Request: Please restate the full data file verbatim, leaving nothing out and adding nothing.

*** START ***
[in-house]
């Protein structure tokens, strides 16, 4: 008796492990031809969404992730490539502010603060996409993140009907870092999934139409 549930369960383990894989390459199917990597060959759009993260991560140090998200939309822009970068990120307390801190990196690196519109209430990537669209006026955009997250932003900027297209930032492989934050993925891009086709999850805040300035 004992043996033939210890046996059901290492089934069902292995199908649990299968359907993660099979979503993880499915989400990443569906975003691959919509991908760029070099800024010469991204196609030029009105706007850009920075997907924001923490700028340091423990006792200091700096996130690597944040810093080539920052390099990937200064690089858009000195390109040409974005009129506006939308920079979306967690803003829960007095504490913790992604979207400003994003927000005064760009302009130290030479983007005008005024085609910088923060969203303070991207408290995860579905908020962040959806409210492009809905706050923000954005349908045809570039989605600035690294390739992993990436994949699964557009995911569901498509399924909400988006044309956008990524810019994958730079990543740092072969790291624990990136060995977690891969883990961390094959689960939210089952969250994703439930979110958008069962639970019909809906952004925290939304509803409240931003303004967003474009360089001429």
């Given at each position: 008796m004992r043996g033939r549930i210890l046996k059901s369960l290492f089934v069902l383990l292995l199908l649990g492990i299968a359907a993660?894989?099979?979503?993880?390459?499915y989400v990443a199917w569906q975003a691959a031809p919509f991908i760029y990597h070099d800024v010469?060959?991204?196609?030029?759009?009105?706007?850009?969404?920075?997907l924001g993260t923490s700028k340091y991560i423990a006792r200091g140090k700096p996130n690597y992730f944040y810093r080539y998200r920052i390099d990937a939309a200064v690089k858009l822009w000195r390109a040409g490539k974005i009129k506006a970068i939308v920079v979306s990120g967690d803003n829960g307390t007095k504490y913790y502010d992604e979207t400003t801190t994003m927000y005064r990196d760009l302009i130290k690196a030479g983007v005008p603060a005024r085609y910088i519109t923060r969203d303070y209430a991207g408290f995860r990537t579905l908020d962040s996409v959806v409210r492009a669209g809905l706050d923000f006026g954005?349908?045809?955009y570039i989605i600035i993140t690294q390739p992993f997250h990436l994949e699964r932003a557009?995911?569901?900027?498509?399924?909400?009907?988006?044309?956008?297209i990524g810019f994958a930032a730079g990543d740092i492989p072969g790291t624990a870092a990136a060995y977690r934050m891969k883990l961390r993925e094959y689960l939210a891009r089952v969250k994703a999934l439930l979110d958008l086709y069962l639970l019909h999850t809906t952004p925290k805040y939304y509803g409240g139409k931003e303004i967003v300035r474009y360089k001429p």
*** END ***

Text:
[in-house]
């Protein structure tokens, strides 16, 4: 008796492990031809969404992730490539502010603060996409993140009907870092999934139409 549930369960383990894989390459199917990597060959759009993260991560140090998200939309822009970068990120307390801190990196690196519109209430990537669209006026955009997250932003900027297209930032492989934050993925891009086709999850805040300035 004992043996033939210890046996059901290492089934069902292995199908649990299968359907993660099979979503993880499915989400990443569906975003691959919509991908760029070099800024010469991204196609030029009105706007850009920075997907924001923490700028340091423990006792200091700096996130690597944040810093080539920052390099990937200064690089858009000195390109040409974005009129506006939308920079979306967690803003829960007095504490913790992604979207400003994003927000005064760009302009130290030479983007005008005024085609910088923060969203303070991207408290995860579905908020962040959806409210492009809905706050923000954005349908045809570039989605600035690294390739992993990436994949699964557009995911569901498509399924909400988006044309956008990524810019994958730079990543740092072969790291624990990136060995977690891969883990961390094959689960939210089952969250994703439930979110958008069962639970019909809906952004925290939304509803409240931003303004967003474009360089001429």
């Given at each position: 008796m004992r043996g033939r549930i210890l046996k059901s369960l290492f089934v069902l383990l292995l199908l649990g492990i299968a359907a993660?894989?099979?979503?993880?390459?499915y989400v990443a199917w569906q975003a691959a031809p919509f991908i760029y990597h070099d800024v010469?060959?991204?196609?030029?759009?009105?706007?850009?969404?920075?997907l924001g993260t923490s700028k340091y991560i423990a006792r200091g140090k700096p996130n690597y992730f944040y810093r080539y998200r920052i390099d990937a939309a200064v690089k858009l822009w000195r390109a040409g490539k974005i009129k506006a970068i939308v920079v979306s990120g967690d803003n829960g307390t007095k504490y913790y502010d992604e979207t400003t801190t994003m927000y005064r990196d760009l302009i130290k690196a030479g983007v005008p603060a005024r085609y910088i519109t923060r969203d303070y209430a991207g408290f995860r990537t579905l908020d962040s996409v959806v409210r492009a669209g809905l706050d923000f006026g954005?349908?045809?955009y570039i989605i600035i993140t690294q390739p992993f997250h990436l994949e699964r932003a557009?995911?569901?900027?498509?399924?909400?009907?988006?044309?956008?297209i990524g810019f994958a930032a730079g990543d740092i492989p072969g790291t624990a870092a990136a060995y977690r934050m891969k883990l961390r993925e094959y689960l939210a891009r089952v969250k994703a999934l439930l979110d958008l086709y069962l639970l019909h999850t809906t952004p925290k805040y939304y509803g409240g139409k931003e303004i967003v300035r474009y360089k001429p």